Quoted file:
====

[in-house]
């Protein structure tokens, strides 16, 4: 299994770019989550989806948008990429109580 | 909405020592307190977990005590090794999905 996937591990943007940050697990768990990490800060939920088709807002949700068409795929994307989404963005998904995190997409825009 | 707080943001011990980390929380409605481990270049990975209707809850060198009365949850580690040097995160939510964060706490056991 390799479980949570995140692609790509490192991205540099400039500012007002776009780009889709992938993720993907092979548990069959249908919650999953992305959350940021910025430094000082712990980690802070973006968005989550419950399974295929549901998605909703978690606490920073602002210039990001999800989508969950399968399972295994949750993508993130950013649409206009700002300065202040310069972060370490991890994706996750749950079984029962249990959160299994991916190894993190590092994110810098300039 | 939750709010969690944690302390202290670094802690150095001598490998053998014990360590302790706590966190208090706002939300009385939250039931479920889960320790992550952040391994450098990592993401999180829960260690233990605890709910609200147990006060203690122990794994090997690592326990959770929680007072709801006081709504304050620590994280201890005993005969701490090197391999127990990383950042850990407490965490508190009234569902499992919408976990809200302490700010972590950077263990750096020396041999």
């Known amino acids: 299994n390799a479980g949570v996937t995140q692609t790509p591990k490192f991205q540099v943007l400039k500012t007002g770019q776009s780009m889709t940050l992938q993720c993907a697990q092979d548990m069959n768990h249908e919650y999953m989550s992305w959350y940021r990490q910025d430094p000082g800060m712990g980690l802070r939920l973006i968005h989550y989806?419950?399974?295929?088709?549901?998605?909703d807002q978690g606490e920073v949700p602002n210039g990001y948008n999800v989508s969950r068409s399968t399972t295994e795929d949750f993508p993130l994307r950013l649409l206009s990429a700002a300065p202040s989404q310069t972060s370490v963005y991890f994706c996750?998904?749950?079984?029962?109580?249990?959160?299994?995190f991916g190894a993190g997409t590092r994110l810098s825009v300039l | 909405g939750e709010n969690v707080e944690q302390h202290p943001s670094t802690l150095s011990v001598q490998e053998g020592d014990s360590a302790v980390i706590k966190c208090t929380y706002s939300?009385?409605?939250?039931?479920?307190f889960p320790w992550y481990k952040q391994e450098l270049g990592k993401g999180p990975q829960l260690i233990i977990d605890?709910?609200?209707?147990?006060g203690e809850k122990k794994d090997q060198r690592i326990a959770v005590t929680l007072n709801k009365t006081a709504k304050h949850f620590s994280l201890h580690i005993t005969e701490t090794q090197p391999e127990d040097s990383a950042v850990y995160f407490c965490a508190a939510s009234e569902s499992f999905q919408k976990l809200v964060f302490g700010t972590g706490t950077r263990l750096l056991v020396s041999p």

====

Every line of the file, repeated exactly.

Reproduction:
[in-house]
């Protein structure tokens, strides 16, 4: 299994770019989550989806948008990429109580 | 909405020592307190977990005590090794999905 996937591990943007940050697990768990990490800060939920088709807002949700068409795929994307989404963005998904995190997409825009 | 707080943001011990980390929380409605481990270049990975209707809850060198009365949850580690040097995160939510964060706490056991 390799479980949570995140692609790509490192991205540099400039500012007002776009780009889709992938993720993907092979548990069959249908919650999953992305959350940021910025430094000082712990980690802070973006968005989550419950399974295929549901998605909703978690606490920073602002210039990001999800989508969950399968399972295994949750993508993130950013649409206009700002300065202040310069972060370490991890994706996750749950079984029962249990959160299994991916190894993190590092994110810098300039 | 939750709010969690944690302390202290670094802690150095001598490998053998014990360590302790706590966190208090706002939300009385939250039931479920889960320790992550952040391994450098990592993401999180829960260690233990605890709910609200147990006060203690122990794994090997690592326990959770929680007072709801006081709504304050620590994280201890005993005969701490090197391999127990990383950042850990407490965490508190009234569902499992919408976990809200302490700010972590950077263990750096020396041999």
């Known amino acids: 299994n390799a479980g949570v996937t995140q692609t790509p591990k490192f991205q540099v943007l400039k500012t007002g770019q776009s780009m889709t940050l992938q993720c993907a697990q092979d548990m069959n768990h249908e919650y999953m989550s992305w959350y940021r990490q910025d430094p000082g800060m712990g980690l802070r939920l973006i968005h989550y989806?419950?399974?295929?088709?549901?998605?909703d807002q978690g606490e920073v949700p602002n210039g990001y948008n999800v989508s969950r068409s399968t399972t295994e795929d949750f993508p993130l994307r950013l649409l206009s990429a700002a300065p202040s989404q310069t972060s370490v963005y991890f994706c996750?998904?749950?079984?029962?109580?249990?959160?299994?995190f991916g190894a993190g997409t590092r994110l810098s825009v300039l | 909405g939750e709010n969690v707080e944690q302390h202290p943001s670094t802690l150095s011990v001598q490998e053998g020592d014990s360590a302790v980390i706590k966190c208090t929380y706002s939300?009385?409605?939250?039931?479920?307190f889960p320790w992550y481990k952040q391994e450098l270049g990592k993401g999180p990975q829960l260690i233990i977990d605890?709910?609200?209707?147990?006060g203690e809850k122990k794994d090997q060198r690592i326990a959770v005590t929680l007072n709801k009365t006081a709504k304050h949850f620590s994280l201890h580690i005993t005969e701490t090794q090197p391999e127990d040097s990383a950042v850990y995160f407490c965490a508190a939510s009234e569902s499992f999905q919408k976990l809200v964060f302490g700010t972590g706490t950077r263990l750096l056991v020396s041999p």